“Innovation is attained by pushing the limits”, interview with Kjetil Trædal Thorsen from Snøhetta

Kjetil Trædal Thorsen explains the effort by Snøhetta to allow for new architectural typologies generating societal change: we could think how one might walk on the roof of an opera house or dine under water.

Snøhetta’s studio in Oslo

Kjetil Trædal Thorsen is the founding partner of the architecture, landscape, interiors, and brand design office Snøhetta, wide spreading in several locations around the world between: Oslo, New York, Innsbruck and San Francisco. After 30 year’s practice, his architecture is a successful example of innovation creating some of the most impactful and creative projects of the last decades, among the others: National September 11 Memorial Museum, Oslo Opera House, Times Square and Bibliotheca Alexandrina.

What is for your creativity and innovation in architecture?
It is better to separate the terms when investigating their usefulness. While creativity is a process, innovation is a positive result. The term innovation could be misleading being a problem solver. The term has been adopted by different fields, and it became more synonym with the results and commercially viable and one could argue that processes that do not lead to a solution or product, may not be defined as innovative. So we could easily fall into a type of efficiency pit that would no longer allow for critical thinking, learning by doing, experimentation, or the art of asking questions.

What architects can do in every day’s practice?
Innovation is attained when one pushes the limits of conventional expectations. This translates into defining new ways of creating human interaction, adding new functionality and usage patterns allowing for new architectural typologies generating societal change. We could think how one might walk on the roof of an opera house or dine under water. To me, creativity needs to be distinctive in its relationship to time, location and cultural premises.

How to create an innovative momentum?
It is created by the people involved. It is the sum of the intellectual capacity, diversity and reality checks that are needed to look at the issues from different perspectives. Our current thinking is based on a method we call “trans-positioning”. It is an attempt to generate a new level of collaboration. We do not invite different professions to gather around the same table, but invite each professional to imagine them in a different position. The Architect then becomes the Sociologist, the Sociologist the Artist, the Artist the Engineer, the Engineer the Graphic Designer, the Graphic Designer the Client, the Client the Architect and so on. In our experience, this encourages everyone to share other interests and life experiences. Professional responsibility is left behind, and each person contributes to a common goal based on their uniqueness. It is a singular in the plural approach rather than a plural definition of singularity.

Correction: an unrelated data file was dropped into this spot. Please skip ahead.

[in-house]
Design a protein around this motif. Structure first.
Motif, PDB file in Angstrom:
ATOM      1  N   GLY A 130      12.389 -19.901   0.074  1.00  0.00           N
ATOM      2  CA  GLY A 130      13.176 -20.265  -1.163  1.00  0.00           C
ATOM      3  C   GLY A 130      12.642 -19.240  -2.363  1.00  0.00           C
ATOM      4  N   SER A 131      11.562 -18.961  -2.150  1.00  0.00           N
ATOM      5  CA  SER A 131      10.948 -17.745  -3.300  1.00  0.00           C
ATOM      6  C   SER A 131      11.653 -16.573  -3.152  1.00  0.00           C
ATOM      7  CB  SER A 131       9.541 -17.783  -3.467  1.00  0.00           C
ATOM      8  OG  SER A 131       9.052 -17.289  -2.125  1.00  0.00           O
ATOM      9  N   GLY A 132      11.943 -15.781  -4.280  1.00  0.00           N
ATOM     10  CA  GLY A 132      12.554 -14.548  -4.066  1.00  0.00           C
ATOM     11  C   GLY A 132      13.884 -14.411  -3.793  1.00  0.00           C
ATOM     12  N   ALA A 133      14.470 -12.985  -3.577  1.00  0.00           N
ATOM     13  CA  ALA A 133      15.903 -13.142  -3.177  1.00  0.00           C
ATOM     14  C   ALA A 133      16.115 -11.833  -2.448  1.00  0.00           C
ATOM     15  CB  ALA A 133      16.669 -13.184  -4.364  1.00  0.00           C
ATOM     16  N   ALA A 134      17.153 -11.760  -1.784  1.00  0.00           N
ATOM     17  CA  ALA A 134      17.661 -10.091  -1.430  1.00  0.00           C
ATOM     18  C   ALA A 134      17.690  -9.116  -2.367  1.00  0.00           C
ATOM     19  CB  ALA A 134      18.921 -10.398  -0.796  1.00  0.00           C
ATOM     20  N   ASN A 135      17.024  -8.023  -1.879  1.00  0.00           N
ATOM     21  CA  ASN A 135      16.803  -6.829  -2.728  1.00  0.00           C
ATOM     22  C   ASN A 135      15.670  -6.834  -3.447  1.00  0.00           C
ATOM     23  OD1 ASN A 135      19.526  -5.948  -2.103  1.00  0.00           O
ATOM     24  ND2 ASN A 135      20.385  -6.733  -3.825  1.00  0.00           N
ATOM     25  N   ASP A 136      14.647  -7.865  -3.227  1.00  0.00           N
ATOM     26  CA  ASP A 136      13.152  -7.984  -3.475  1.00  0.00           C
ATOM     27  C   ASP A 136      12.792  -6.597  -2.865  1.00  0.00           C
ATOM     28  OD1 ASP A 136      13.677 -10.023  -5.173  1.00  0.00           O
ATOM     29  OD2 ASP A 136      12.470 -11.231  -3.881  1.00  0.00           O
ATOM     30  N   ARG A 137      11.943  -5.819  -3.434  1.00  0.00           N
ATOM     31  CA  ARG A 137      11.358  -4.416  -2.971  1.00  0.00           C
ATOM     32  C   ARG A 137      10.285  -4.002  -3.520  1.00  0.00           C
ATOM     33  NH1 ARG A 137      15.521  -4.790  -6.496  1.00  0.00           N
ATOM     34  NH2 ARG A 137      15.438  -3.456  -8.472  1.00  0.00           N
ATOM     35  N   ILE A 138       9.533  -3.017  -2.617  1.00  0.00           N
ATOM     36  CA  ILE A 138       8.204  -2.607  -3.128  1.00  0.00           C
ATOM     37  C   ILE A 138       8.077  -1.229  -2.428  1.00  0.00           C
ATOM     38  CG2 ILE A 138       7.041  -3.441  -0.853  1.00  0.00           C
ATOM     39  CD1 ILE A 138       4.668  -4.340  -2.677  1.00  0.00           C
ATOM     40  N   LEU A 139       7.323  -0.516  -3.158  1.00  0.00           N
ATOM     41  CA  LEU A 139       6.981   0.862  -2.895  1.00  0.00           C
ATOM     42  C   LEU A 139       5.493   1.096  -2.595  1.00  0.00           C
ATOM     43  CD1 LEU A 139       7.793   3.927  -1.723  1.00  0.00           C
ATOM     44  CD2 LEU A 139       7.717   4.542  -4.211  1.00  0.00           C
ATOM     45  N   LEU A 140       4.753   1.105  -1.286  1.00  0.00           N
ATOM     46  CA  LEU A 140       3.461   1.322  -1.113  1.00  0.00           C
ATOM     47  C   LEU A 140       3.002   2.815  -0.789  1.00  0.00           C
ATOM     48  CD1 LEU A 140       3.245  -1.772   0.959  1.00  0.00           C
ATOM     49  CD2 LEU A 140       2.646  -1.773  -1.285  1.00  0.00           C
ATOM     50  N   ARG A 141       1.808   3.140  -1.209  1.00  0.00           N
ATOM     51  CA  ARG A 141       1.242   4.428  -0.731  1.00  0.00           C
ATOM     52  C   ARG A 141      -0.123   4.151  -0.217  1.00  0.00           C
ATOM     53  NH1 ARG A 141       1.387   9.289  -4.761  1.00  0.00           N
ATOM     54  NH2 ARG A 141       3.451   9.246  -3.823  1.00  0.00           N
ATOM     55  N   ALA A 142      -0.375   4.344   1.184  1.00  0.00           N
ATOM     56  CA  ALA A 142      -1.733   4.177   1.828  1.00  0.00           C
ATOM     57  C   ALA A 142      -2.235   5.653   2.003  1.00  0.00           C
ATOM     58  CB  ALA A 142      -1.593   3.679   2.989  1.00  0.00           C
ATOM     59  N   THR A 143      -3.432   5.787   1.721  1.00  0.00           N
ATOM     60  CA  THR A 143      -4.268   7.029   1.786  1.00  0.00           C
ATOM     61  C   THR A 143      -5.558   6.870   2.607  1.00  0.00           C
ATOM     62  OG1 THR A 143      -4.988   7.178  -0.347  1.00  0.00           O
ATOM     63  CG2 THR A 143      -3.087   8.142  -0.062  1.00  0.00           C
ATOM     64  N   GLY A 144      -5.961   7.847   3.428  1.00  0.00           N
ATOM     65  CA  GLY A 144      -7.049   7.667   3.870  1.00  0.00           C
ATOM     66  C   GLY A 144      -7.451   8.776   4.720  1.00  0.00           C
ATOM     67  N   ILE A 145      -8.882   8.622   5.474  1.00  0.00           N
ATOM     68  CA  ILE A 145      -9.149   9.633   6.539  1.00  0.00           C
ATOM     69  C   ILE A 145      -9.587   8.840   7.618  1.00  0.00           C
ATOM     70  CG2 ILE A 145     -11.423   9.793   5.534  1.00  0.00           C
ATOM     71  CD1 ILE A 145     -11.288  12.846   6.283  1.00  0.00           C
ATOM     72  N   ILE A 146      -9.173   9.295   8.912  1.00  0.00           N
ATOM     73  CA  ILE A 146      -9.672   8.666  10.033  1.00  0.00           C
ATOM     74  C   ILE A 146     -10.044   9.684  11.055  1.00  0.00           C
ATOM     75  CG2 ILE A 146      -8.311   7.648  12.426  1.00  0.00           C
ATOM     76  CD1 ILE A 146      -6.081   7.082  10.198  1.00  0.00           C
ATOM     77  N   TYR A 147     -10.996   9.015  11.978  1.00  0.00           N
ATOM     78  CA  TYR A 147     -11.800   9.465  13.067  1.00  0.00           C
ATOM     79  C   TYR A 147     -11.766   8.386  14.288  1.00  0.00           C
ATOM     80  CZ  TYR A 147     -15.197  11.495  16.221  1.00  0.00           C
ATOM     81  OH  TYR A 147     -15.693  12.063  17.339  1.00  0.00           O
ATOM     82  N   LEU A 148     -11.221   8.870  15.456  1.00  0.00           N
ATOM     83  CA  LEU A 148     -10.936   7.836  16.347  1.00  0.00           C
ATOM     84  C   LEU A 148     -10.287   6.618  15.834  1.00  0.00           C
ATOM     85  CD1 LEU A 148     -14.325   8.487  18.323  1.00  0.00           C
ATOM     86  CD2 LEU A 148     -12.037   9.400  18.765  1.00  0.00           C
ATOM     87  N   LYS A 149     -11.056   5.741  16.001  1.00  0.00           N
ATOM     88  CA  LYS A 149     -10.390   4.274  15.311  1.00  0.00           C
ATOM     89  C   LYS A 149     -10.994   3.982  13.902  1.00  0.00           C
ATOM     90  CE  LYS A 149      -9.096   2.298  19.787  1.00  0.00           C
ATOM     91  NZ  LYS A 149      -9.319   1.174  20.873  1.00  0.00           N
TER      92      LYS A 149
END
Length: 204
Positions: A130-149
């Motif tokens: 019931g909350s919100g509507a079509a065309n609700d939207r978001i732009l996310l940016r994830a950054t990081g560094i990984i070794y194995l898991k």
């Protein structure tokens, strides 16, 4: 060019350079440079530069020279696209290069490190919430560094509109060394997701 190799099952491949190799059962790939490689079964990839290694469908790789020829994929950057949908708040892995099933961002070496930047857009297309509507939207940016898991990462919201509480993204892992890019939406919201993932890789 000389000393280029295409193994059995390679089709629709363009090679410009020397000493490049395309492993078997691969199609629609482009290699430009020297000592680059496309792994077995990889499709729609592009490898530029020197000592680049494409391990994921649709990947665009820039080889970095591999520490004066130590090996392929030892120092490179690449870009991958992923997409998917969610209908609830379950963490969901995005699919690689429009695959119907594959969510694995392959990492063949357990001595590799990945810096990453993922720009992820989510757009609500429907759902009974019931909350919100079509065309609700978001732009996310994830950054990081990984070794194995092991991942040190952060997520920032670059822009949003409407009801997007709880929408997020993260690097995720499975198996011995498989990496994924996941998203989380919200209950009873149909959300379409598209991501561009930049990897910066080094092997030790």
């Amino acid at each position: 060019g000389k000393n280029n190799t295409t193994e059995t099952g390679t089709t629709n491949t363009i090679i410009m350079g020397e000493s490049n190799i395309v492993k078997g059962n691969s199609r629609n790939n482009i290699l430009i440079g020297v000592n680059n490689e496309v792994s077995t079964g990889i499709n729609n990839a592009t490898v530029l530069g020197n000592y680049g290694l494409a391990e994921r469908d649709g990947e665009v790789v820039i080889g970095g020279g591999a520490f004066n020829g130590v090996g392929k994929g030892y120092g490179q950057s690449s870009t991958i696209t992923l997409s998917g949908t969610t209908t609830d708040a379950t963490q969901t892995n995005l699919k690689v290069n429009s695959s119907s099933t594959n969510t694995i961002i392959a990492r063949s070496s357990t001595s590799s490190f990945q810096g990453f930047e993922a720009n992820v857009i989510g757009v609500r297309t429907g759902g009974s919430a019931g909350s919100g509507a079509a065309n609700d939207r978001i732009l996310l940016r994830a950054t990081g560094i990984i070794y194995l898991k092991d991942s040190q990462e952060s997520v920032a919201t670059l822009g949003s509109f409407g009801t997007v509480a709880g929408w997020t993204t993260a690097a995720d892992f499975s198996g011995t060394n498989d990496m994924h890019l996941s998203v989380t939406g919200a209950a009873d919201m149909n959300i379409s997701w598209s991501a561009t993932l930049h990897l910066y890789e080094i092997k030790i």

The Bibliotheca Alexandrina by Snøhetta, Alexandria, Egypt, 1989-2001. Photo © Snøhetta
The Bibliotheca Alexandrina by Snøhetta, Alexandria, Egypt, 1989-2001. Photo © Snøhetta

What is an essential driver for your work?
It varies from being human driven to tool driven, depending on what stage and schedule are the projects. For instance, Prepping and Zooming out typically happen in early stages whereas Getting Physical or Rapid Prototyping happen later. Craving Wonder, Activating Drama or Daring to Imagine are affective drivers following the whole design process, while Generative Resistance, Punk Production and Liberating Laughter are circumstantial and relating to how controversial participants in the design process dare to be. These are supplemented by different analogue and digital tools, from handmade objects to digital information that never will leave the screen. We strongly believe in these multifaceted procedures that give the opportunity to choose methods and tools giving us the best possible result.

What is overlooked today?
Buildings are not automatically architecture. Not even when designed by architects. Contemporary complexities seem to be met by naïve simplifications, random historical references and extreme political ideologies protecting selfish benefits, by an increasing number of people in Europe. We are leading to indifferent objects only fulfilling simple primary functions such as interiors based on illogical comfort parameters, or sufficient daylight for its users. These commodity objects lack any ambition to fulfil urgent societal needs.

What do you think it's time to do right now?
Environmental approaches, innovative solutions, experimental research, involvement of inhabitants, value for money and, therefore, aesthetical expression are deemed unnecessary obstructions to self-protective environments with limited insight or interest in the development of our common future. As the arts, architecture is part of the intellectual historical context of critical thinking in the service of society. Space needed to accomplish a continuous state of reinvention in architecture can only be supplied by a conscious political leadership, supporting further evolution of collective and individual sensitivity towards each other and our globe.

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